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Compact fridge on inverter

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2 hours ago, payaso del mar said:

good points.  now you got me thinking about not replacing the propane fridge in our cabin but just doing some work on it..........

Electric compressor-type refrigerator can get just as cold and run much more efficiently then any propane refrigerator.  When someone makes claims - it is important to know what certain words mean when put in context.  Especially what "efficient' means.

My 5.8 cubic foot Sundanzer electric DC refrigerator uses, on average, 1/4 amp per hour @ 12 volts DC when it is 70 degrees F outside.  I can run with a single 120 watt solar panel hooked to a single 110 AH battery.  I'd call that amazingly efficient by most  uses of the word "efficient." Let's compare costs.

Propane refrigerator in RV - 4 cubic feet - uses 15,600 BTUs of energy per day when it is 70F air temp. Cost $1.25 per day to run (Walmart tank exchange price)..

Electric DC refrigerator - 5.8 cubic feet - uses 72 watt-hours a day. Plugged into the grid that is 1 cent per day to run. 

Electric DC refrigerator - 5.8 cubic feet - hooked to a pair of 120 watt solar panels and one 110 AH battery.  15 cents per day to run.
(Note: cost of solar figured for 2 1/2  batteries in 20 years plus other equipment costs that comes to 15 cents per day.)

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2 hours ago, jjrbus said:

My understanding is that some of the Amish types do not use electric refers, so use propane instead.  If there are any in your area they may be able to work on and have parts available to work on yours?? 

                                                  Jim

Amish dairy farmers in my area use diesel engines to run generators to run the milk-coolers.  Seems as long as they make the electricity themselves from diesel that comes from Arabs - all is OK. 

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18 minutes ago, jdemaris said:

Seems as long as they make the electricity themselves from diesel that comes from Arabs - all is OK. 

one reason i'm a heathen.  sophisticated theology is way over my head.......

you don't have to convince me of the long term economics of solar vs. propane.  especially when you insert the word "used" and shop CL for your panels.  my 300 watts of panels just arrived yesterday for the Bandit, and wife and i are in the middle of installing a 2.8 KW/day system at the "cabin".....maybe $2500 total and never worry about the electric bill or county bldg. inspectors (since the latter doesn't know you're there without utility hookups....) or property taxes (same reason, your property is "unimproved" on paper).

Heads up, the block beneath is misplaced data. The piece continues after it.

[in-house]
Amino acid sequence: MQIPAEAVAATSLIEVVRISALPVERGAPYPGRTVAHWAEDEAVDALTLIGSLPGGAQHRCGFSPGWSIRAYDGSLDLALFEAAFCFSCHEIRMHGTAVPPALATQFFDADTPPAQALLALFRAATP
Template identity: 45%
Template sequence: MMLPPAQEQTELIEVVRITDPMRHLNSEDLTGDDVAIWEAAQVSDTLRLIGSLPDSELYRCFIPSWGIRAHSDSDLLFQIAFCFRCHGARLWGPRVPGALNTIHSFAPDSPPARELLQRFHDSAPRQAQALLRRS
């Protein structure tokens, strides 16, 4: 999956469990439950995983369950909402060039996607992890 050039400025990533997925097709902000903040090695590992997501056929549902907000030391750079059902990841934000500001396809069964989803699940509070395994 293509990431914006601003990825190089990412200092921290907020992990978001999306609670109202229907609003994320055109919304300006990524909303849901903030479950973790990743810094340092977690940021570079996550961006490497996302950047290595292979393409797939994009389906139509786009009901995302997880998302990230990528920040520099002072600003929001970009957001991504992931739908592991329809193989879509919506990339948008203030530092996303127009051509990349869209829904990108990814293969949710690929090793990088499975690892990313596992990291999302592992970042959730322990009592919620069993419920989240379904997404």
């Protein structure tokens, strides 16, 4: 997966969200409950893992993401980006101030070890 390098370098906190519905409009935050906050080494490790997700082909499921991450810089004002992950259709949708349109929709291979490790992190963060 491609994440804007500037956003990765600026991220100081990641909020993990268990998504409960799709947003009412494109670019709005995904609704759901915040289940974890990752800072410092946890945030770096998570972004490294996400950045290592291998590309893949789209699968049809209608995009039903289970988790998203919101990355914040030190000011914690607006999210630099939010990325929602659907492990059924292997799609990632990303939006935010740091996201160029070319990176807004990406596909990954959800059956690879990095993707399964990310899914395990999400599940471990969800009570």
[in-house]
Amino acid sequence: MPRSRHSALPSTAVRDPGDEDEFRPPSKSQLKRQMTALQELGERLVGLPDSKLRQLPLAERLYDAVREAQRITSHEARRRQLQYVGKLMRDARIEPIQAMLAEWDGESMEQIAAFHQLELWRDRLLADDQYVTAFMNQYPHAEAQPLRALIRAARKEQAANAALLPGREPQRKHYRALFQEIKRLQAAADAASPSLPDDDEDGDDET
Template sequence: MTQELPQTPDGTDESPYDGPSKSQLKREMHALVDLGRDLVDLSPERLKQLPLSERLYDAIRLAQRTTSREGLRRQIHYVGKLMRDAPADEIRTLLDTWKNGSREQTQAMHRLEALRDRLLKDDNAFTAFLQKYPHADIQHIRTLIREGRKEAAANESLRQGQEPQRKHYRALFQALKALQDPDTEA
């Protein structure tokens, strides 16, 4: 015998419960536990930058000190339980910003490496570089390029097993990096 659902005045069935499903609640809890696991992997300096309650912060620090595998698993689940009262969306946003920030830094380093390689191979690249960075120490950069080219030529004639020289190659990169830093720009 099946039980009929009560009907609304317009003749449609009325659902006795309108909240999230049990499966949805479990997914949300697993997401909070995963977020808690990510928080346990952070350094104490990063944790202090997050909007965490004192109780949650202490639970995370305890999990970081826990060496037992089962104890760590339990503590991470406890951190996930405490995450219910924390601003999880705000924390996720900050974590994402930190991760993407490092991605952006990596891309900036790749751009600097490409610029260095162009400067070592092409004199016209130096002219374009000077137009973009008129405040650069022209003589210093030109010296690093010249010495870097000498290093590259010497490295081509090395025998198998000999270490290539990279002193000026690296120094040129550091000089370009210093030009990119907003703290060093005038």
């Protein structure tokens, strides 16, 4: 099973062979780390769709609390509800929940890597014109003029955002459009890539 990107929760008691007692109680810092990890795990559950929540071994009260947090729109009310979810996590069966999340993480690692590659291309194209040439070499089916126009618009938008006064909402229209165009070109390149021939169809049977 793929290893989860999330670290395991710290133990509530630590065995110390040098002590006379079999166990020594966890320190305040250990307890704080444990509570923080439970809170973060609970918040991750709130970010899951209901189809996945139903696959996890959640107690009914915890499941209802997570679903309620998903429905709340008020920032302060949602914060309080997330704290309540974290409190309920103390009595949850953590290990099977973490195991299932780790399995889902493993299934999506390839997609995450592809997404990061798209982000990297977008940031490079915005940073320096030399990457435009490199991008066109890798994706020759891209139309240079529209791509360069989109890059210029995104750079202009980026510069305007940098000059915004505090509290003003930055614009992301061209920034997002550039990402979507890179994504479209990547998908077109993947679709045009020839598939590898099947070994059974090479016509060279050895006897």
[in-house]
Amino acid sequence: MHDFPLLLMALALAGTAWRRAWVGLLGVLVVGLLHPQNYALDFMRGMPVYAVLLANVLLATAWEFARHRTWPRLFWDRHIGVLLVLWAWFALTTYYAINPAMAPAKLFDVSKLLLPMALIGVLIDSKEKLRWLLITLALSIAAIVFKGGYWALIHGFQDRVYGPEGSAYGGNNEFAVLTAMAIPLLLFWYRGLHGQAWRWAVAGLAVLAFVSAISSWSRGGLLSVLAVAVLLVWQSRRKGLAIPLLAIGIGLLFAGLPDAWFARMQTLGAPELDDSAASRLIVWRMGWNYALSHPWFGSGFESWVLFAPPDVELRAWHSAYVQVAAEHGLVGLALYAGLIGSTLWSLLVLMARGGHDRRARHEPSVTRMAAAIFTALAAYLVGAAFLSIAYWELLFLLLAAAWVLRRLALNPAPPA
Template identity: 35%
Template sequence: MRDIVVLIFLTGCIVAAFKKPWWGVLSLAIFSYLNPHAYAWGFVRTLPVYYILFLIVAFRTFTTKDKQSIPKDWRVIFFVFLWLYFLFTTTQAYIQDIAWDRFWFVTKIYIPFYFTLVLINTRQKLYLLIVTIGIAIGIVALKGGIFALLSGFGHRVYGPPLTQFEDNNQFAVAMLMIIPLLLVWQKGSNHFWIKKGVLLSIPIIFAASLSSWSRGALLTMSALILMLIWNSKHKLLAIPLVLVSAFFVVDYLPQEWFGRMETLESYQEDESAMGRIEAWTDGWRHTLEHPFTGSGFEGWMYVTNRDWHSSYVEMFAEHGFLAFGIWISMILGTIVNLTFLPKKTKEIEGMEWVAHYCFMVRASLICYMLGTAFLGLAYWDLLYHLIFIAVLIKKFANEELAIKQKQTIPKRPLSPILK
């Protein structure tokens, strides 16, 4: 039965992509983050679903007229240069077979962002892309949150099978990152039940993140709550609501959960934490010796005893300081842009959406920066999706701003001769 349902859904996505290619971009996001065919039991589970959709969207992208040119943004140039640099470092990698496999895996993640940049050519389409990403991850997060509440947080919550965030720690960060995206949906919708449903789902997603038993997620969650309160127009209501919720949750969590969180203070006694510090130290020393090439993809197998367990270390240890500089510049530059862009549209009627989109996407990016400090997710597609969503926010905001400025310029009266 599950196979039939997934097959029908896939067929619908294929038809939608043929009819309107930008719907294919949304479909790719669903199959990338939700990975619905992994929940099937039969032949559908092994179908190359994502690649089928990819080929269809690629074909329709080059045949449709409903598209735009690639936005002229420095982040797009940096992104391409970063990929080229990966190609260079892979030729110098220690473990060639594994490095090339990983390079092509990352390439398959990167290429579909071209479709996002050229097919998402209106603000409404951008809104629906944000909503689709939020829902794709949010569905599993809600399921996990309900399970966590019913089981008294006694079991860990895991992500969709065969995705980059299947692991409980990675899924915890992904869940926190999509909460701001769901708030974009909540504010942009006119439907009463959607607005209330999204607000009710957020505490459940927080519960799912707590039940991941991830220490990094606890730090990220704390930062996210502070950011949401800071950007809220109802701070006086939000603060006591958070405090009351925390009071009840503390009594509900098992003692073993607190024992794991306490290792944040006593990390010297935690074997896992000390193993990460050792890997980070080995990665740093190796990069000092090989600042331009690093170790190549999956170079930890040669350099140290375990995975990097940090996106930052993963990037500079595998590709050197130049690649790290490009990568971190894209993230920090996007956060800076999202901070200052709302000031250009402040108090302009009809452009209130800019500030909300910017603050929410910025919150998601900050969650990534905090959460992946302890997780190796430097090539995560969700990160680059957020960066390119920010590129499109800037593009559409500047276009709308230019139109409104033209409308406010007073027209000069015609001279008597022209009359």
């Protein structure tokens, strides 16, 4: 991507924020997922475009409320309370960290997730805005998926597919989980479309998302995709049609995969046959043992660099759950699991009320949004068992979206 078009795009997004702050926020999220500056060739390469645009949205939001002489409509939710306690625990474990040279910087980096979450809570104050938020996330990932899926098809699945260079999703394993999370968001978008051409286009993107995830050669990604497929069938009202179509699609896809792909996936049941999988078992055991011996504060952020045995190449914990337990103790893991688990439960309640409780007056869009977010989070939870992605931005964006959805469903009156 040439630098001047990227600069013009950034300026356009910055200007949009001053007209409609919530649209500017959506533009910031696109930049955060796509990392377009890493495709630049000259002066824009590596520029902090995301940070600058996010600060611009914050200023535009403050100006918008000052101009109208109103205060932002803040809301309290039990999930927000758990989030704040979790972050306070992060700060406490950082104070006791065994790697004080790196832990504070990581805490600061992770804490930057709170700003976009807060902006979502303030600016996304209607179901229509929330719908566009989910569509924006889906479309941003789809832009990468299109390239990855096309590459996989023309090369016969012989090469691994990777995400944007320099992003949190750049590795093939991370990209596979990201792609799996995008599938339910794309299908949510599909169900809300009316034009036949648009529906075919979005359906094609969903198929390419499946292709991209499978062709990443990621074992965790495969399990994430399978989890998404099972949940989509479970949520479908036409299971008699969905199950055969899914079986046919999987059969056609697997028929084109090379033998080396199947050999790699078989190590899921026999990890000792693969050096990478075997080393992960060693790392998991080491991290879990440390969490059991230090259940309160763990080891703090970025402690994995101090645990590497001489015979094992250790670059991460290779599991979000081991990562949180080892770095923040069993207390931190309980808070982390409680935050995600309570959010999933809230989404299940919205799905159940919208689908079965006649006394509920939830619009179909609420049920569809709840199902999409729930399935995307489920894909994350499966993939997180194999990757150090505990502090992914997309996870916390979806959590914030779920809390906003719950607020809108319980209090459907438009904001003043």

However, until lithium batteries get cheaper, for someone on the move, the amount of energy you can store in a tank of propane for the weight still has attractions compared to any energy storage in lead-acid batteries.  when I win the lottery, the Bandit will get a 6.3 GW Tesla Powerwall....:rolleyes:

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25 minutes ago, jdemaris said:

Amish dairy farmers in my area use diesel engines to run generators to run the milk-coolers.  Seems as long as they make the electricity themselves from diesel that comes from Arabs - all is OK. 

There are many sub groups and different sects that do things differently.  Not connecting with the world seems to be their goal, I don't get the phone outside in a shed?

If I needed help with an LP fridge, I would ask a guy with a horse and buggy!     

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2 minutes ago, jjrbus said:

Not connecting with the world seems to be their goal,

not entirely a bad idea, although ultimately not entirely sustainable.....viz the problems they have with buggies getting hit by cars.  but the more I see of most of the human race, the more I want to get away from all 7 billion of it.........

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1 hour ago, payaso del mar said:

not entirely a bad idea, although ultimately not entirely sustainable.....viz the problems they have with buggies getting hit by cars.  but the more I see of most of the human race, the more I want to get away from all 7 billion of it.........

I can relate  :D